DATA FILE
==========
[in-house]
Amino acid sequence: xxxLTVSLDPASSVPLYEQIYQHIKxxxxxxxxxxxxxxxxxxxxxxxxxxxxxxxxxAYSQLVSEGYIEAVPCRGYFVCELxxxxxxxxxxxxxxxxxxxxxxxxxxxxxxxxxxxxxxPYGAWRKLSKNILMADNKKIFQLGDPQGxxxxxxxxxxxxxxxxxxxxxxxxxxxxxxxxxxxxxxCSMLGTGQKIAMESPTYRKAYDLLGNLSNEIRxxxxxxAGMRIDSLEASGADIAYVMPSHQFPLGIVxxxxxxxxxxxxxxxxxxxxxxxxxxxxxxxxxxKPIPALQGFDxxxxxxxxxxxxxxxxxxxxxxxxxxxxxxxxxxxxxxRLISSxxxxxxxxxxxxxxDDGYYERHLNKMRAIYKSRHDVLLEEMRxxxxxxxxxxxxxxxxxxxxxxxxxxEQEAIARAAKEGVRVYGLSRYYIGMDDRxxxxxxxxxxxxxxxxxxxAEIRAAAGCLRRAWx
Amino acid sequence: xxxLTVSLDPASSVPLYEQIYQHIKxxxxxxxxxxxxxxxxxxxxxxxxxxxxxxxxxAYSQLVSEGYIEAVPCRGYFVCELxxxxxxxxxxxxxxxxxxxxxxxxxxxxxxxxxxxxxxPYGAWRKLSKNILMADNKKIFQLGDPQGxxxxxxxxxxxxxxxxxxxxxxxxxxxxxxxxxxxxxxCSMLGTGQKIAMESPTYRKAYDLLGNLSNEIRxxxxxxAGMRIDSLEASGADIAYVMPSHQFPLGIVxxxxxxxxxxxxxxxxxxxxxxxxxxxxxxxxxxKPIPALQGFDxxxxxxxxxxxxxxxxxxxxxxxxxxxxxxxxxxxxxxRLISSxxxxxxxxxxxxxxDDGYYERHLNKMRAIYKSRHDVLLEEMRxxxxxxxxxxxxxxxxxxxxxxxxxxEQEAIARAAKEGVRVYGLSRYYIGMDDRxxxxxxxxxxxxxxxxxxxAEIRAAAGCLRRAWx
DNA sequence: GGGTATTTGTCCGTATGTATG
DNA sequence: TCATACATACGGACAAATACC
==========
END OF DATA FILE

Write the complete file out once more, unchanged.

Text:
[in-house]
Amino acid sequence: xxxLTVSLDPASSVPLYEQIYQHIKxxxxxxxxxxxxxxxxxxxxxxxxxxxxxxxxxAYSQLVSEGYIEAVPCRGYFVCELxxxxxxxxxxxxxxxxxxxxxxxxxxxxxxxxxxxxxxPYGAWRKLSKNILMADNKKIFQLGDPQGxxxxxxxxxxxxxxxxxxxxxxxxxxxxxxxxxxxxxxCSMLGTGQKIAMESPTYRKAYDLLGNLSNEIRxxxxxxAGMRIDSLEASGADIAYVMPSHQFPLGIVxxxxxxxxxxxxxxxxxxxxxxxxxxxxxxxxxxKPIPALQGFDxxxxxxxxxxxxxxxxxxxxxxxxxxxxxxxxxxxxxxRLISSxxxxxxxxxxxxxxDDGYYERHLNKMRAIYKSRHDVLLEEMRxxxxxxxxxxxxxxxxxxxxxxxxxxEQEAIARAAKEGVRVYGLSRYYIGMDDRxxxxxxxxxxxxxxxxxxxAEIRAAAGCLRRAWx
Amino acid sequence: xxxLTVSLDPASSVPLYEQIYQHIKxxxxxxxxxxxxxxxxxxxxxxxxxxxxxxxxxAYSQLVSEGYIEAVPCRGYFVCELxxxxxxxxxxxxxxxxxxxxxxxxxxxxxxxxxxxxxxPYGAWRKLSKNILMADNKKIFQLGDPQGxxxxxxxxxxxxxxxxxxxxxxxxxxxxxxxxxxxxxxCSMLGTGQKIAMESPTYRKAYDLLGNLSNEIRxxxxxxAGMRIDSLEASGADIAYVMPSHQFPLGIVxxxxxxxxxxxxxxxxxxxxxxxxxxxxxxxxxxKPIPALQGFDxxxxxxxxxxxxxxxxxxxxxxxxxxxxxxxxxxxxxxRLISSxxxxxxxxxxxxxxDDGYYERHLNKMRAIYKSRHDVLLEEMRxxxxxxxxxxxxxxxxxxxxxxxxxxEQEAIARAAKEGVRVYGLSRYYIGMDDRxxxxxxxxxxxxxxxxxxxAEIRAAAGCLRRAWx
DNA sequence: GGGTATTTGTCCGTATGTATG
DNA sequence: TCATACATACGGACAAATACC